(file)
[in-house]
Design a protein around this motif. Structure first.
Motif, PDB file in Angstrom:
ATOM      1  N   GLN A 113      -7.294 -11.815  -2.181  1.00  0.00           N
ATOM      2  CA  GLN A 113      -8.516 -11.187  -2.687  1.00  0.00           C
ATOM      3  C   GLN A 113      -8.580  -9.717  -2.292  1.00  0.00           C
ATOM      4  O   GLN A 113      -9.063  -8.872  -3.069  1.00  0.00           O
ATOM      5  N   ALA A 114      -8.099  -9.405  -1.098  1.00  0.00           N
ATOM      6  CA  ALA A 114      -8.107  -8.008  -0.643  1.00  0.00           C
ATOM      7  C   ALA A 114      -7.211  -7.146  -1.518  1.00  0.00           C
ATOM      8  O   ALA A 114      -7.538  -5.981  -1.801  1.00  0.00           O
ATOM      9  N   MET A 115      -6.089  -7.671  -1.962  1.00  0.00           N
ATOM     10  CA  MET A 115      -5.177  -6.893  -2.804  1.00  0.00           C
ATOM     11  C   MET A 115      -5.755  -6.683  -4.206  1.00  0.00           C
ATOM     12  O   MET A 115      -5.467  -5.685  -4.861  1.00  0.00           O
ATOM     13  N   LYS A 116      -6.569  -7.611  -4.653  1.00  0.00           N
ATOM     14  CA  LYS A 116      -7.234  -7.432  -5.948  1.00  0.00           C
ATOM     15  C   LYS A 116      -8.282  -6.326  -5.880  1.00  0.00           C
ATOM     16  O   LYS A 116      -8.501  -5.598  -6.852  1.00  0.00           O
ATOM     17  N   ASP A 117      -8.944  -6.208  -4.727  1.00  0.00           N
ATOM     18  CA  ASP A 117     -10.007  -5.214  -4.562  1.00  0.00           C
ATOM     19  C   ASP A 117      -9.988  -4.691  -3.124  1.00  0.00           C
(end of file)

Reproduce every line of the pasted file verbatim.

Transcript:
[in-house]
Design a protein around this motif. Structure first.
Motif, PDB file in Angstrom:
ATOM      1  N   GLN A 113      -7.294 -11.815  -2.181  1.00  0.00           N
ATOM      2  CA  GLN A 113      -8.516 -11.187  -2.687  1.00  0.00           C
ATOM      3  C   GLN A 113      -8.580  -9.717  -2.292  1.00  0.00           C
ATOM      4  O   GLN A 113      -9.063  -8.872  -3.069  1.00  0.00           O
ATOM      5  N   ALA A 114      -8.099  -9.405  -1.098  1.00  0.00           N
ATOM      6  CA  ALA A 114      -8.107  -8.008  -0.643  1.00  0.00           C
ATOM      7  C   ALA A 114      -7.211  -7.146  -1.518  1.00  0.00           C
ATOM      8  O   ALA A 114      -7.538  -5.981  -1.801  1.00  0.00           O
ATOM      9  N   MET A 115      -6.089  -7.671  -1.962  1.00  0.00           N
ATOM     10  CA  MET A 115      -5.177  -6.893  -2.804  1.00  0.00           C
ATOM     11  C   MET A 115      -5.755  -6.683  -4.206  1.00  0.00           C
ATOM     12  O   MET A 115      -5.467  -5.685  -4.861  1.00  0.00           O
ATOM     13  N   LYS A 116      -6.569  -7.611  -4.653  1.00  0.00           N
ATOM     14  CA  LYS A 116      -7.234  -7.432  -5.948  1.00  0.00           C
ATOM     15  C   LYS A 116      -8.282  -6.326  -5.880  1.00  0.00           C
ATOM     16  O   LYS A 116      -8.501  -5.598  -6.852  1.00  0.00           O
ATOM     17  N   ASP A 117      -8.944  -6.208  -4.727  1.00  0.00           N
ATOM     18  CA  ASP A 117     -10.007  -5.214  -4.562  1.00  0.00           C
ATOM     19  C   ASP A 117      -9.988  -4.691  -3.124  1.00  0.00           C